Philippines Cultural Groups

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It is important to learn the history of the ethnic, racial, and religious groups your ancestors belonged to. For example, you might want to study a history of the Chinese in Manila or a cultural survey of the Muslim Filipinos. This historical background can help you identify where your ancestors lived, when they lived there, where they migrated, the types of records they might be listed in, and other helpful information. Ethnic groups include 70% Filipino (Indonesian/Malaysian, Polynesian), 10% primitive Malaysian and Negritos, 10% Chinese, 5% East Indians, 3% Europeans and Americans, 2% Arabs and others.[1]

Present-day Filipinos come from a variety of backgrounds. The following important points will help you understand the modern Filipinos ethnic, cultural, religious, and social backgrounds. This information could give some clues to help you in your genealogical research.

The isolation of the Philippine islands has produced cultural, social, and linguistic diversity. There are over 87 spoken dialects and social patterns. Over 350 years of Spanish rule and years of American administration affected cultural and social life and contributed to a mixing of races. The Chinese, Japanese, British, and others also lived in the Philippines and contributed to its culture. Hence, the “average” Filipino, unlike his or her pure Negrito and Malay-stock ancestors, is a "Proto-Malayan"—a mix of various bloodlines and cultures. The following four groups of peoples produced unique records valuable for genealogical research: the Chinese, the Spanish, the Americans, and the Muslims.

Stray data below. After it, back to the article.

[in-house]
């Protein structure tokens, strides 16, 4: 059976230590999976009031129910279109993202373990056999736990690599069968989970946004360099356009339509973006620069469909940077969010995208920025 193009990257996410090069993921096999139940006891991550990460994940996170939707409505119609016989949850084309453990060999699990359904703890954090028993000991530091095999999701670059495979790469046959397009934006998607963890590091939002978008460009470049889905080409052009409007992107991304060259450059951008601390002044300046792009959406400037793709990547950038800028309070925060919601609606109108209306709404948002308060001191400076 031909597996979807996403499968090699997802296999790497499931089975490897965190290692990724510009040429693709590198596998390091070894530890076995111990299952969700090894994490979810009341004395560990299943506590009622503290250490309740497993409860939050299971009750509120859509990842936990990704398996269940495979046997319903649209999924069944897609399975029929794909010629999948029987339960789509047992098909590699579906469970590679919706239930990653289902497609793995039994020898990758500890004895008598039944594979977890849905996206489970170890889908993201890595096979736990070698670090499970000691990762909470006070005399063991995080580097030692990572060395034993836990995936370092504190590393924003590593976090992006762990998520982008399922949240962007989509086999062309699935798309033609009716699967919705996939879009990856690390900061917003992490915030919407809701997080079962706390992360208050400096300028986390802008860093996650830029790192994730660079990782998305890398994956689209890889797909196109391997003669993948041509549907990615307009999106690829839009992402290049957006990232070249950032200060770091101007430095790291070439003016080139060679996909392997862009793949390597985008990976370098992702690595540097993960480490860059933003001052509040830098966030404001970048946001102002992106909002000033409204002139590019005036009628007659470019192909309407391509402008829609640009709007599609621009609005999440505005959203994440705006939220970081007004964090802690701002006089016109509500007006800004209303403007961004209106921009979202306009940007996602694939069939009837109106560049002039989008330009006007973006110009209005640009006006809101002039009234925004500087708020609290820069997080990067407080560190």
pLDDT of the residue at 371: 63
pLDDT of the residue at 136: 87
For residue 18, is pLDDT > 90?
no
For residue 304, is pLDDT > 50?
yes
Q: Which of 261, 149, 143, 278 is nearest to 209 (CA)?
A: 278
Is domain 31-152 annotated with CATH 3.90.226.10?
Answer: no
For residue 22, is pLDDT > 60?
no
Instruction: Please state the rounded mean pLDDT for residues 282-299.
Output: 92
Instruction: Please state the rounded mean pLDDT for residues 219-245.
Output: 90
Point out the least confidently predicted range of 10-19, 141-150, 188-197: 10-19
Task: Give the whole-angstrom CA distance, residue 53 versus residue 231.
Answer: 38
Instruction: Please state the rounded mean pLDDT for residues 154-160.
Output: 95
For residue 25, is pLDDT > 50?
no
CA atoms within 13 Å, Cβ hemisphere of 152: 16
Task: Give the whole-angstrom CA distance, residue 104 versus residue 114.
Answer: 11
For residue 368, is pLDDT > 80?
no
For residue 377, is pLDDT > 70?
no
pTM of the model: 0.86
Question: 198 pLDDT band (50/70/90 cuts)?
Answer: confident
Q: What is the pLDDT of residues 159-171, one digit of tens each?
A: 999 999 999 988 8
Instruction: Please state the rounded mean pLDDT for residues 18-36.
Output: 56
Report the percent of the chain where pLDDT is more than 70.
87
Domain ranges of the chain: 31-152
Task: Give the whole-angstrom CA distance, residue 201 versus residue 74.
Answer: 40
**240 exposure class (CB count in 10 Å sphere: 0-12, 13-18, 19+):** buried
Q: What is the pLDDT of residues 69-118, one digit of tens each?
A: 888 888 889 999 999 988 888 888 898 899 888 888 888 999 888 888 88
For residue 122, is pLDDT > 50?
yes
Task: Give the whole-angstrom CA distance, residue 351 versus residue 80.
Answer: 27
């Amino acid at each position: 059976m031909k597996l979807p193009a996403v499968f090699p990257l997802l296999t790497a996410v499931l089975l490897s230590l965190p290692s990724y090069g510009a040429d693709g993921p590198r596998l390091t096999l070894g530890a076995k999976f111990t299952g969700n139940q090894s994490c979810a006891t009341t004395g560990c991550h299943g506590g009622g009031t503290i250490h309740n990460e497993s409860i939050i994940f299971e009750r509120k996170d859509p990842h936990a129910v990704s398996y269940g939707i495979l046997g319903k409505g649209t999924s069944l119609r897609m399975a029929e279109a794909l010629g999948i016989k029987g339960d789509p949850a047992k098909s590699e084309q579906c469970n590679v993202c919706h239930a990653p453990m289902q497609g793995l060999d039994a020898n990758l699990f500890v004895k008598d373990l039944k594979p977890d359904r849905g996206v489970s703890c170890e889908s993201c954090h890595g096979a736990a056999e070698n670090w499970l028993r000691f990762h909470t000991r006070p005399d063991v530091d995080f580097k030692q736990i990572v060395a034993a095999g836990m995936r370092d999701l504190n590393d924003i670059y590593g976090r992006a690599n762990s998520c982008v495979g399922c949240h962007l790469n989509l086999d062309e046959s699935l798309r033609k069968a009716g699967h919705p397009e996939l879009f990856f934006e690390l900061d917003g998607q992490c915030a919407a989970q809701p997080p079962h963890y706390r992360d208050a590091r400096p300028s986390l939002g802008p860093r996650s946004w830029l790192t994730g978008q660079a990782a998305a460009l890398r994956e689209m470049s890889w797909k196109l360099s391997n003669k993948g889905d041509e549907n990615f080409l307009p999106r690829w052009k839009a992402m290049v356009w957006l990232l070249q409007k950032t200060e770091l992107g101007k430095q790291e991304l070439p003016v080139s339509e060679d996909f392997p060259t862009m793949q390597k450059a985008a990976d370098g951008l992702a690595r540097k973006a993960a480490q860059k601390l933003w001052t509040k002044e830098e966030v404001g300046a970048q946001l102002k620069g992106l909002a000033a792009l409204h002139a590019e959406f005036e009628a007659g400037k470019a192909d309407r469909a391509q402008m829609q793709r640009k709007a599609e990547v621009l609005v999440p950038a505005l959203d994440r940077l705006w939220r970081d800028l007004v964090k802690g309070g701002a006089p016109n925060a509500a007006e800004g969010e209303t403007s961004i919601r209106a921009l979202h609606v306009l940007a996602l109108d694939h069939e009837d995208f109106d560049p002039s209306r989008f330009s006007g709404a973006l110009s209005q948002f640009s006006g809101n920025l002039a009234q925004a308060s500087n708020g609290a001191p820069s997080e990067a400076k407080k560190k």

Chinese[edit | edit source]

The Chinese were in the Philippines when the Spanish arrived, and in spite of Spanish fears and suspicions, they managed to grow and flourish. When the Spanish colonized Manila in 1571, there were only 150 Chinese residents; 30 years later, there were 30,000. Most of these Chinese immigrants were from Fukien Province in the region of Amoy.

Several record types give information about the Philippine Chinese. Spain’s desire to control the Chinese led them to take many Chinese censuses (padrón de chinos). Most of these censuses were taken in the 1800s. See the Locality section of the FamilySearch Catalog, under the provincial entry. For example, approximately 80 rolls of Metropolitan Manila Chinese census registers dated from 1786 to 1901, are found under:


The library also has Chinese baptism applications (FHL films 1037502–1037510) and some Chinese cemetery records (FHL films 1407481–1407491). Besides these Spanish documents of Chinese peoples, the Chinese produced several major published genealogies, such as:

  • Gamboa, Marina L. Locsin, 1750–1980: Genealogy. Negros Occidental, Philippines: Not published. 1981. (FHL book 929.2599 L819g; film 1148801.)

Other references are:

  • Ch’en, Ching-ho. The Chinese Community in the Sixteenth Century Philippines. Tokyo, Japan: The Centre for East Asian Cultural Studies, Tenrijihosha Printing Company, Limited, 1968. (FHL book 959.9 F2c.)
  • Amyot, Jacques. The Manila Chinese. Quezon City, Philippines: Ateneo de Manila University, Institute of Philippine Culture, 1973. (FHL book 959.9 F2a.)
  • McBeath, Gerald A. Political Integration of the Philippine Chinese. Berkeley, California, USA: Center for Southeast Asian Studies, University of California, 1973. (FHL book 959.9 F2m.)
  • Colorado University. Institute of Asiatic Affairs. Directory of Chinese Personal Names in the Philippines. Washington DC, USA: Reproduced and distributed by External Research Staff, Office of Intelligence Research, Department of State, 1953. (External Research Paper no. 110.)

In addition, the Philippine Chinese publish an annual journal:

  • The Annals of Philippine Chinese Historical Association. Manila, Philippines: Philippine Chinese Historical Association, 1970–. (FHL book 959.9 B2p.)